Legally Blonde

Legally Blonde musical LondonOriginally shown on Broadway and brought over to the West End in early 2010, Legally Blonde is a musical based on the novel by Amanda Brown and the 2001 film of the same name, starring Reese Witherspoon. It ran for two years in the West End at the Savoy Theatre before closing on 7 April, 2012.

Legally Blonde tells the story of homecoming queen Elle Woods, who, when dumped by her boyfriend Warner for a smarter woman, decides to prove that she has what it takes intellectually by heading to Harvard Law School. Along the way she is looked down upon by her fellow classmates for her ditzy attitude and pink attire, but ultimately she proves Warner wrong in this new musical that will leave you in high spirits!

Critics Reviews

“I really tried to hate this show, but resistance is futile. It’s going to be a huge hit and if you’re a chap, your wife or girlfriend is almost certain to drag you along. You might as well give in gracefully now.”
Charles Spencer at the Daily Telegraph
“Blessed with the long upper lip of a natural comic, Smith sails buoyantly through the show with a radiant smile as if warning us not to take it too seriously. I can only report that the predominantly female audience with whom I saw the show seemed to be having a whale of a time and did not give a damn about the fact that the musical is little more than a nonsensical fairytale.”
Michael Billington at the Guardian
“It may not be quite as good as Hairspray (it lacks that show’s lovely, double-bluffing libertarian dimension), but it’s ridiculously enjoyable from start to finish and camp peroxide-perfection in terms of its showbiz roots.”
Paul Taylor at the Independent


Legally Blonde Review

Sheridan Smith wows the audiences with her performance of Elle Woods in West End musical, Legally Blonde

Review by Alice Bzowska, 21/09/2010 at the Savoy Theatre

Omigod, like, Legally Blonde was sooo totally not what I thought it was going to be! After watching the musical a few nights ago, I was pleasantly surprised at the high level of singing by all members of the cast, and Sheridan Smith shone through as the clear star of the show with her bright smile, cheery attitude and funny persona. As I walked through the lobby and into the auditorium, I was sceptical as to what the show was going to be like, thinking that the bright pink, fluffy merchandise equalled to a bright pink, fluffy show, which in some respects it does, but the funny script, heart-warming plot and charismatic characters (including the two real dogs that made a large proportion of the audience go ‘aww and ooh!’) make watching Legally Blonde in London’s West End a very enjoyable evening indeed.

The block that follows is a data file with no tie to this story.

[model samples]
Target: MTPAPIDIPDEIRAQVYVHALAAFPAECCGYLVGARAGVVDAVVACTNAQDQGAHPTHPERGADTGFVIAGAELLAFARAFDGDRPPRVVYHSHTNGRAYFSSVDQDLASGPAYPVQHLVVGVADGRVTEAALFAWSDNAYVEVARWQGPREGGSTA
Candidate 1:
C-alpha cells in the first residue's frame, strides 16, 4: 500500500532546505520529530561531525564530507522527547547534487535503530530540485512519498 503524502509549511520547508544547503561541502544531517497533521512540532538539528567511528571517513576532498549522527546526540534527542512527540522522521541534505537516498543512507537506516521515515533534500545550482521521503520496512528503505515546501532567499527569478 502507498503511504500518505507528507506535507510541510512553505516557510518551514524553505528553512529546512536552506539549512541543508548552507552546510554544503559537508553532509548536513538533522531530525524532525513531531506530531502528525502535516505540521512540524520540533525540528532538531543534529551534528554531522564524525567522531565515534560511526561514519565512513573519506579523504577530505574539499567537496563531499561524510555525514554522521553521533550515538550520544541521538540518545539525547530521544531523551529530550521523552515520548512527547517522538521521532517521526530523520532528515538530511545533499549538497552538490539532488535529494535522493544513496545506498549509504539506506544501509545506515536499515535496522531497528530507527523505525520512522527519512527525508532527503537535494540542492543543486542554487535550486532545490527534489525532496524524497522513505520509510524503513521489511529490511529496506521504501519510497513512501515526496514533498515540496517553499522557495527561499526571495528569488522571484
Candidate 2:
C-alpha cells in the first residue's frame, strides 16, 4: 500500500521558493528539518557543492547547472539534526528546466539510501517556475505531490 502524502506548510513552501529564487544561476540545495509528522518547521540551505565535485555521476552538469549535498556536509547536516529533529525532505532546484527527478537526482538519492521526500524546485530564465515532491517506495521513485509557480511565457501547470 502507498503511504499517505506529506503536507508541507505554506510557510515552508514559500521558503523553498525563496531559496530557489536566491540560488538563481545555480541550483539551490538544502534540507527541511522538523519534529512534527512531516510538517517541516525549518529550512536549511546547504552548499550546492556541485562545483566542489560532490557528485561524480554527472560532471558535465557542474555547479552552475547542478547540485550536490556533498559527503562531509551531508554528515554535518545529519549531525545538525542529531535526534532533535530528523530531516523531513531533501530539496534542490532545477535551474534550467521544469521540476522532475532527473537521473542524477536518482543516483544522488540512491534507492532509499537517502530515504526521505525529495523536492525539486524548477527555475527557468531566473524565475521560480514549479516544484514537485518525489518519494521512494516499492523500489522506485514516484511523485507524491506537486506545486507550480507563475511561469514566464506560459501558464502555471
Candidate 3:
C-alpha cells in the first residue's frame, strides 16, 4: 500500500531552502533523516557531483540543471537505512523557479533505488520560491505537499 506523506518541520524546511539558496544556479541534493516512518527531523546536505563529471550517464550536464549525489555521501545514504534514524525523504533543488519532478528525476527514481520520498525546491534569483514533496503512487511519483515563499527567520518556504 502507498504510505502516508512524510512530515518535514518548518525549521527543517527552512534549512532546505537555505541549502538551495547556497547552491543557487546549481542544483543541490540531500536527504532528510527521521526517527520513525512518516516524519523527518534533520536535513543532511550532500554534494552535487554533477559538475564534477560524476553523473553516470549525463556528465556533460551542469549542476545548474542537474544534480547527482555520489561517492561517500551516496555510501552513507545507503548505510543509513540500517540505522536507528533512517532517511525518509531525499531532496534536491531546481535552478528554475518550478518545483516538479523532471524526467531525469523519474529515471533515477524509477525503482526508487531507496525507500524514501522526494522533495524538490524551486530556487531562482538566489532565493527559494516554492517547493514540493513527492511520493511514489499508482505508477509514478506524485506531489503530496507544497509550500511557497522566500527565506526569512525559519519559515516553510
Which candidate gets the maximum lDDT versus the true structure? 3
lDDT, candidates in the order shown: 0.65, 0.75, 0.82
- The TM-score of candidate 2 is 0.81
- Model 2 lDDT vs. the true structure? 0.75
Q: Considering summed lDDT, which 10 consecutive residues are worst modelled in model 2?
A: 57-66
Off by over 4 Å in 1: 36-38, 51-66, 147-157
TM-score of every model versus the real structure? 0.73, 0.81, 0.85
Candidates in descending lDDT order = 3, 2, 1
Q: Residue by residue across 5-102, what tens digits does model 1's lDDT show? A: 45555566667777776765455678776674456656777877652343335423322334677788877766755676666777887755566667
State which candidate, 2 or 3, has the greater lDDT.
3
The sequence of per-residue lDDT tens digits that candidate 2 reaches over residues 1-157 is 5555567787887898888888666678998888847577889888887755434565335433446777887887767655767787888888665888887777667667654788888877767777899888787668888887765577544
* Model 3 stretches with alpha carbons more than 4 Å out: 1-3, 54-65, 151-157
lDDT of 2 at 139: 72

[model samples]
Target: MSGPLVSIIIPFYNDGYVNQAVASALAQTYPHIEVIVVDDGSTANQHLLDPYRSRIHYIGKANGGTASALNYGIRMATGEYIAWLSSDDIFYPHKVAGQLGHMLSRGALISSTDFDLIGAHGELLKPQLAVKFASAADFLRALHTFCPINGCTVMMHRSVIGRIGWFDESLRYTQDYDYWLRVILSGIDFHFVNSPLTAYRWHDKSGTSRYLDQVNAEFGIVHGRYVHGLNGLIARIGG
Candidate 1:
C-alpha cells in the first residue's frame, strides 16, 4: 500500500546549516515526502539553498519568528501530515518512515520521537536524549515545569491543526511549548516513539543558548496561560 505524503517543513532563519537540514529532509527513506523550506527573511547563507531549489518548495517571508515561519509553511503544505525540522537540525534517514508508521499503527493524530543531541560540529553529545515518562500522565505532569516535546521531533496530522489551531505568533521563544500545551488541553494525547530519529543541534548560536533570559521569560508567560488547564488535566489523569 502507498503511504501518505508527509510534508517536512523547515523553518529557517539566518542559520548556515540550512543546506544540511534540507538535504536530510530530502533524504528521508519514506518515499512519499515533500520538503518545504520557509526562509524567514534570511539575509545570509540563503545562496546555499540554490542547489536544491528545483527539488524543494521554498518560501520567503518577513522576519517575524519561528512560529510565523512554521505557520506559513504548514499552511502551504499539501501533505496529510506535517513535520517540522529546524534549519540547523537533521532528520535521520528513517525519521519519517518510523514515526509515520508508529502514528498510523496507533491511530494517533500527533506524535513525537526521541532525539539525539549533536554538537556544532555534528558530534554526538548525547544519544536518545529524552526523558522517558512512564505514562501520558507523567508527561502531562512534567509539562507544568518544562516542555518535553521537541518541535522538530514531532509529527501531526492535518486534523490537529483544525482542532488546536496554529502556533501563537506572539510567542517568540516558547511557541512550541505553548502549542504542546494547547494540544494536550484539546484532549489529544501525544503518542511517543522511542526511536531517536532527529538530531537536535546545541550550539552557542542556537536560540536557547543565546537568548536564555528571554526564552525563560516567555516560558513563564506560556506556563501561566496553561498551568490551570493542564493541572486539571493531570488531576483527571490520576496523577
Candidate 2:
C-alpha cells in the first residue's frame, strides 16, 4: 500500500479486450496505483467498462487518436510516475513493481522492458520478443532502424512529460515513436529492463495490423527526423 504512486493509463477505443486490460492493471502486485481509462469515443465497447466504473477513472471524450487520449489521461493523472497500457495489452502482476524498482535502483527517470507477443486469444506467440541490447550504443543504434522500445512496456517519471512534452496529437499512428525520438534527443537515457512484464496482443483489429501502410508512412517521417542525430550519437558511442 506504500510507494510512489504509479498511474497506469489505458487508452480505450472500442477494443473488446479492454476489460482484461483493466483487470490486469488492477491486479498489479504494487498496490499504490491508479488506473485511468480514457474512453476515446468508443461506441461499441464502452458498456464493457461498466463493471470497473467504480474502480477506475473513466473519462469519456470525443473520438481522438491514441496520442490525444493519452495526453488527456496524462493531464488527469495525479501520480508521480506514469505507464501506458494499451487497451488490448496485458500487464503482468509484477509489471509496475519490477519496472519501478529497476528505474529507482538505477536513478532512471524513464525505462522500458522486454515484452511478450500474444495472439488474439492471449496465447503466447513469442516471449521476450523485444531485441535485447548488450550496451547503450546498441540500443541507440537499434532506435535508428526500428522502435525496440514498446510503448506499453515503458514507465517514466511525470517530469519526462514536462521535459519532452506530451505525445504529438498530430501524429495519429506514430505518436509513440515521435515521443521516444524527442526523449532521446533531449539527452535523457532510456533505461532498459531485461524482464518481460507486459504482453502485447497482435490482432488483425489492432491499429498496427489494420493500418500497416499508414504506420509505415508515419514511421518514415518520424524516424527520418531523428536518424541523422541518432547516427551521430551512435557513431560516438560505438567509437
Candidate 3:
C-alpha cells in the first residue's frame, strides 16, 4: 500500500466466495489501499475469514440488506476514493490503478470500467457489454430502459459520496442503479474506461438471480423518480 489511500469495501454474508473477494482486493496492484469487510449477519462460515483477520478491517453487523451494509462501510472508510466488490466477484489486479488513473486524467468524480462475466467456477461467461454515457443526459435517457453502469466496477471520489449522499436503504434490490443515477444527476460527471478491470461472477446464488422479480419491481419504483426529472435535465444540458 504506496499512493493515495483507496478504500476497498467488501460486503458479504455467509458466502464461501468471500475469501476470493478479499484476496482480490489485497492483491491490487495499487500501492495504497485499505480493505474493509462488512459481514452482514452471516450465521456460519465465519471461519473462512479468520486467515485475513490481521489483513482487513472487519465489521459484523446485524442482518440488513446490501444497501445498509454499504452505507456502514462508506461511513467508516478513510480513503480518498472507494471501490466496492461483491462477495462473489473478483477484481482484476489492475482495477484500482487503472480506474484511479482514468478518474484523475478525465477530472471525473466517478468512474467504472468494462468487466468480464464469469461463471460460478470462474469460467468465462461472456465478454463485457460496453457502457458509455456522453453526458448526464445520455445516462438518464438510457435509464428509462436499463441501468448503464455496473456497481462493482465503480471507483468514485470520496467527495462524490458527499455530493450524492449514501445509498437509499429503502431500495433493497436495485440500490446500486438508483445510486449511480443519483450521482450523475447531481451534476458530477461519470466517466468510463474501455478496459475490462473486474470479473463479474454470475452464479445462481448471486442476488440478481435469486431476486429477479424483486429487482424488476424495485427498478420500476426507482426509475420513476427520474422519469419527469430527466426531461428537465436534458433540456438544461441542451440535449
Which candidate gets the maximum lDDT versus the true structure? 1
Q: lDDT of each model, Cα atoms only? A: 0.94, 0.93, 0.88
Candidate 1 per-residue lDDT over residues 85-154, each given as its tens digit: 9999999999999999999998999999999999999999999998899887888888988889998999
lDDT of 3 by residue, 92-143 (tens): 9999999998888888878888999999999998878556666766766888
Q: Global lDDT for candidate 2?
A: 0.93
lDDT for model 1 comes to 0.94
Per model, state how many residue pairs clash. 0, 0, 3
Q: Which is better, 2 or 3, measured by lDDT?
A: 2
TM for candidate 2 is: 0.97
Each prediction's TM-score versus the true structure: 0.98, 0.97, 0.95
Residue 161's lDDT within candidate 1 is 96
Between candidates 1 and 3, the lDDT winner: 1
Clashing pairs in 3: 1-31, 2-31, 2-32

The predominantly female audience clearly enjoyed the tale of a recently graduated home-coming queen Elle Woods, who, after being dumped by her ex, Warner, who wants someone more ‘serious’, sets off to Harvard Law School. She then decides to try to get in herself to win back his heart, and after being mocked and thrown out of her class several times due to her ditzy attitude, she ultimately shows that she is far more than just a ‘dumb blonde’.

Sheridan Smith, famous for her roles in TV sitcoms Gavin and Stacey and Two Pints of Lager and a Packet of Crisps, smiled and cried her way through the show playing the lead of homecoming queen turned Harvard Law student Elle Woods, and was nearly always on stage for the 2 and a half hours that the show runs for. With 18 songs in the show, she sang 16 of them, and had boundless energy. Jill Halfpenny, previously an actress on Coronation Street, Byker Grove and for three years played Kate in Eastenders, performed a brilliant Paulette the beautician, and her vocals were the best in the auditorium. Richard Fleeshman who was a household name as Craig in Coronation Street also shone through, having recently taken over from Blue’s Duncan James in June of this year. His pompous charm and snooty manner definitely came across well, and even though he is considerably younger than most of the rest of the cast, he played a convincing Warner.

The highlight to me was the UPS guy who catches Paulette’s attention, with his suave demeanour and smooth walk which gets the audience laughing several times, not more so than when he breaks out into an Irish jig. This had me laughing and is an added feature to the musical, as it is not in the movie version.

Some of the songs are not very memorable and it is a cheesy, non-realistic modern fairytale, but for what it is, it is good, and I certainly enjoyed it. I think that the odd males dotted around the auditorium were submitting themselves to it by the end as well, as it truly is a feel-good and lovable story.

Legally Blonde is not a musical to be taken seriously, yet the story is heart-warming with a hilarious score of new songs written for the show. Lovers of the movie will not be disappointed as it is very similar to the 2001 film of the same name starring Hollywood actress Reese Witherspoon, with much of the dialogue being exactly like it is in the film. That being said, this is a very musical, musical, and it is made up entirely of constant singing, with little dialogue which itself is spoken in a very rhythmic way. The main song of the show ‘Omigod’ stood out as a fun, sing-a-long number, and I was still humming it by the time I had strolled down the Strand and into the tube station on my way home.

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